In Traditional Chinese Medicine there already exists a comprehensive theory linking the body and mind.
Acupuncture Detox as Part of Drug Rehabilitation
In the U.S., more than 2,000 alcohol and drug rehabilitation programs have added ear acupuncture to their practice. The development of the protocol was determined by Lincoln Hospital as it delivered 100 acupuncture treatments daily.
December, 2008, Vol. 08, Issue 12
In Honor of a Doula
By Elaine Stillerman, LMT
Doula (doo-lah) is a Greek word that means "servant" or "handmaiden." Doula also refers to the compassionate labor coach who supports, advocates, nurtures, massages and protects a laboring woman from her first contraction until after her baby is born.In childbirth, the presence of this highly skilled, nurturing professional can completely change the labor experience for the better.
When we were still living in close-knit communities, it was common practice for the friends and family of a laboring woman to assist the midwife or doctor (when they still made house calls) during birth. But as we moved into urban and suburban areas, away from rural traditions, we moved away from this intimate circle. Women found themselves giving birth in hospitals without the support and assistance of anyone other than their partners - that is if the hospital permitted her to have that essential companionship. Fortunately, a labor doula and (for postnatal care) a postpartum doula fill the role of the community of women and provide the emotional and physical support that a laboring woman needs.
The labor doula is not part of the medical team. She doesn't deal with medical issues and unlike the obstetrician or midwife, she doesn't catch the baby. She is there for the duration to keep mother calm, relaxed, comfortable and focused on the task at hand.
In a controlled study conducted at a public hospital affiliated with the Baylor College of Medicine, women who labored with doulas had C-section rates of 8 percent as compared with 18 percent for women without doulas. The need for pain medicine dropped from 55 percent to 8 percent and labor was shortened by two hours when a doula was present. In addition, neonatal hospitalization dropped by half. These doulas recorded that on average, they touched the woman 95 percent of the time, as compared with less than 20 percent by male partners.1
Five studies conducted in Guatemala, Canada, the United States and South Africa confirmed that the presence of a labor doula reduced the need for surgical deliveries, shortened labor time and reduced prenatal and postnatal complications.2
At Jefferson Davis Hospital in Houston in 1993, 600 women who had never carried a pregnancy to term were divided into three groups: a control group, an observed group to measure the effects of a passive observer, and a group actively supported by a labor doula. The doula group had the following results as compared to the control group:
So, what exactly does a doula do? To give you an idea, let me tell you about my doula, Ilana. I knew Ilana professionally for years before I worked with her as a laboring mother. She was among the better known and most sought-after labor coaches in New York City. She founded the Metropolitan Doula Group (MDG), which is an organization that provides skilled doulas in the New York area. The MDG also conducts classes for its members and brings doulas into hospitals for women who can't afford them. They believe that no woman should labor without the support of a doula, and money shouldn't be the determining factor. During the 9/11 crisis, the MDG sprang into action by providing doulas for any laboring woman in a hospital, birthing center or at home who wanted one free of charge.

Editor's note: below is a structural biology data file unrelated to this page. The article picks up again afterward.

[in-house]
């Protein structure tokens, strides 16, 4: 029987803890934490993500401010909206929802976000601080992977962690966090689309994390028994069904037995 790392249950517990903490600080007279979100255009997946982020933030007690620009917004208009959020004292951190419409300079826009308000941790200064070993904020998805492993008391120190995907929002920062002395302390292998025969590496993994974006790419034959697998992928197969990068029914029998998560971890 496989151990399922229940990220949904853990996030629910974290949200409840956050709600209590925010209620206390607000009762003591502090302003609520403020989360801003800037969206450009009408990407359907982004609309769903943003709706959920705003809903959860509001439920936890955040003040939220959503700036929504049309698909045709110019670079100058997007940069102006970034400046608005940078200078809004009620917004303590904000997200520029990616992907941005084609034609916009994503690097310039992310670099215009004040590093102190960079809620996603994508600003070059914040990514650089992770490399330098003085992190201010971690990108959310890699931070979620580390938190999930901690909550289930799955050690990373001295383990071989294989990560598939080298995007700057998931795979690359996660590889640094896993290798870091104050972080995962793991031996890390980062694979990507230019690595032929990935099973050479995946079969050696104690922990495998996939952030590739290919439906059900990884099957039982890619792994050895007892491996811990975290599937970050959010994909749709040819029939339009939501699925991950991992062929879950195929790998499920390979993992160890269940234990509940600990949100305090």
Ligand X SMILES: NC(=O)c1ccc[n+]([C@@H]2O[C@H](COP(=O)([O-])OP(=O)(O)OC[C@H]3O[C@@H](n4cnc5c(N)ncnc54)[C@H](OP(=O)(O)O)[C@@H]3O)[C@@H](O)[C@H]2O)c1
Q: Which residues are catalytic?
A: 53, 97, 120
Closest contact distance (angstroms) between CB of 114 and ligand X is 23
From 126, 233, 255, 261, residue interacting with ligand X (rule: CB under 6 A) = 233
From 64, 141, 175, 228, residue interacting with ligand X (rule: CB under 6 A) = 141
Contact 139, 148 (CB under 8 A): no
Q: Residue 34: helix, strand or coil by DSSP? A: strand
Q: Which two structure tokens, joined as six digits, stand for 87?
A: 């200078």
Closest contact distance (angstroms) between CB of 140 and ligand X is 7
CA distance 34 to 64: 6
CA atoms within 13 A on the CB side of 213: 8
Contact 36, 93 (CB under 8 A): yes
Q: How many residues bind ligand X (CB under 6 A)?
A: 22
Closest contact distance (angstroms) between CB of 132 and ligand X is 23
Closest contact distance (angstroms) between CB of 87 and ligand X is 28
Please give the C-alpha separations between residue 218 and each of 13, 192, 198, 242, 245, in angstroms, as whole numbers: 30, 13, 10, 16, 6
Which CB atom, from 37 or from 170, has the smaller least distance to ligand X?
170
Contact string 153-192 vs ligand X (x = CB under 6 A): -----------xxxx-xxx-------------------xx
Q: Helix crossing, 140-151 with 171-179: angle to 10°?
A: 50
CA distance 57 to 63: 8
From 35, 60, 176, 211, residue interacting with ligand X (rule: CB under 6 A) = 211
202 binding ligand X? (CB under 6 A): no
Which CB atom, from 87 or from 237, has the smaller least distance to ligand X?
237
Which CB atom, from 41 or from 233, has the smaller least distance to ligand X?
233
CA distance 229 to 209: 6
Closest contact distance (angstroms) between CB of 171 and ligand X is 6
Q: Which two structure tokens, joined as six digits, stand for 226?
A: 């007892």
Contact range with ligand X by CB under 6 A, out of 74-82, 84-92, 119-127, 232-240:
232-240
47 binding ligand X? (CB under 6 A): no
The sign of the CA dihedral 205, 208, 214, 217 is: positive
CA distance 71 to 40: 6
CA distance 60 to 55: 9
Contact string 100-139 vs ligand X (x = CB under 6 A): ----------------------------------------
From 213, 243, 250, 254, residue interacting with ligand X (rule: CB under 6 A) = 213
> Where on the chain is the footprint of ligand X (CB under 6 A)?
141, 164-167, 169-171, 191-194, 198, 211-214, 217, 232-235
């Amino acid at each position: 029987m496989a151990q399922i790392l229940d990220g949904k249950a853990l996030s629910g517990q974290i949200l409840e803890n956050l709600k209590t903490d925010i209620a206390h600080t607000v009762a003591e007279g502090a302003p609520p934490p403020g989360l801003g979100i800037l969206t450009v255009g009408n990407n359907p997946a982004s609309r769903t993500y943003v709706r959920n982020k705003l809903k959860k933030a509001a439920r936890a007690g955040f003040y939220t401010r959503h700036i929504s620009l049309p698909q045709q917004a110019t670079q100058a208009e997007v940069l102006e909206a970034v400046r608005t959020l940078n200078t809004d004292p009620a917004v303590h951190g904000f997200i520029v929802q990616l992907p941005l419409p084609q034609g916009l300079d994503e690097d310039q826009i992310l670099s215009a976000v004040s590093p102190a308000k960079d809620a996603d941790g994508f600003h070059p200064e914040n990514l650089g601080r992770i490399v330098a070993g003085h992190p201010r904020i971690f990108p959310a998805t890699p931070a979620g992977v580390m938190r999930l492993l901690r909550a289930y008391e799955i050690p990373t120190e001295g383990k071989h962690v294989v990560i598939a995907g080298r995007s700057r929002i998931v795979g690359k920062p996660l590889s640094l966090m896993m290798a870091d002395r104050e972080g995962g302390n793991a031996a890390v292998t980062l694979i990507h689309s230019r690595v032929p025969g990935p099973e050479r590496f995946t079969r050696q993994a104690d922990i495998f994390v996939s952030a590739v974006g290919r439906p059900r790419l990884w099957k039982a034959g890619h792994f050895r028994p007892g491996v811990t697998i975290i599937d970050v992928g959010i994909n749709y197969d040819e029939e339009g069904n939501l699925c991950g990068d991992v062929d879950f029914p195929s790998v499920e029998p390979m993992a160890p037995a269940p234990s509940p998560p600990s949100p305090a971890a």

I called Ilana when I became pregnant. She came to my home to interview me and my husband about our hopes for the big day. Ilana took copious notes in the attempt to get to learn my likes, dislikes and what would be most helpful during labor. She gave us a realistic list of items I would need to make my labor more comfortable. Since then, I have provided my clients with that invaluable list and offer it in my textbook.
When the day came, Ilana had just returned from another birth she had stayed at for 13 hours. She had been home for two hours when I called. "Don't worry," she said, "I'm on mommy time." My water broke and I went into active labor within minutes. The contractions were coming one after the other. She asked to hear a contraction. Did this mean put the phone on my abdomen? Or did she want to hear the sounds I was making? By this time, all rational thought was out the window. "What?" I asked. "Let me hear a contraction," she repeated. Mine were silent. "I'll meet you at the hospital."
Once there, she directed my husband to get a different nurse and a private room for me. She disappeared for a few minutes and came back with a pile of waterproof pads and clean gowns. She opened her bag of goodies and asked if I was hungry or thirsty. And she held me. She massaged me. She danced with me. When the pains got intense, she took my face in her hands and said, "Give me the pain. Give it to me." And the pains lessened.
When I felt I was losing strength, she told me to relax my feet and let Mother Earth's power help me. She stayed by my side for 19 hours, encouraging me, honoring my efforts and nurturing me. And when my son was born, she told me how magnificent I had been. A week later, Ilana came to my home for a visit, bringing lunch, gifts, pictures and my birth story. We shared a life-affirming experience and I wasn't going to let her out of my life since she had been such an important part of it.
But life sometimes has other plans. In a cruel twist of fate, Ilana got ovarian cancer and lost her four-year battle last month. Her family and friends showered her with the same unconditional support she provided to the hundreds of new mothers she cared for and the countless doulas she taught. Ilana was all about giving, respecting and honoring a woman's efforts. That's a doula.
Click here for previous articles by Elaine Stillerman, LMT.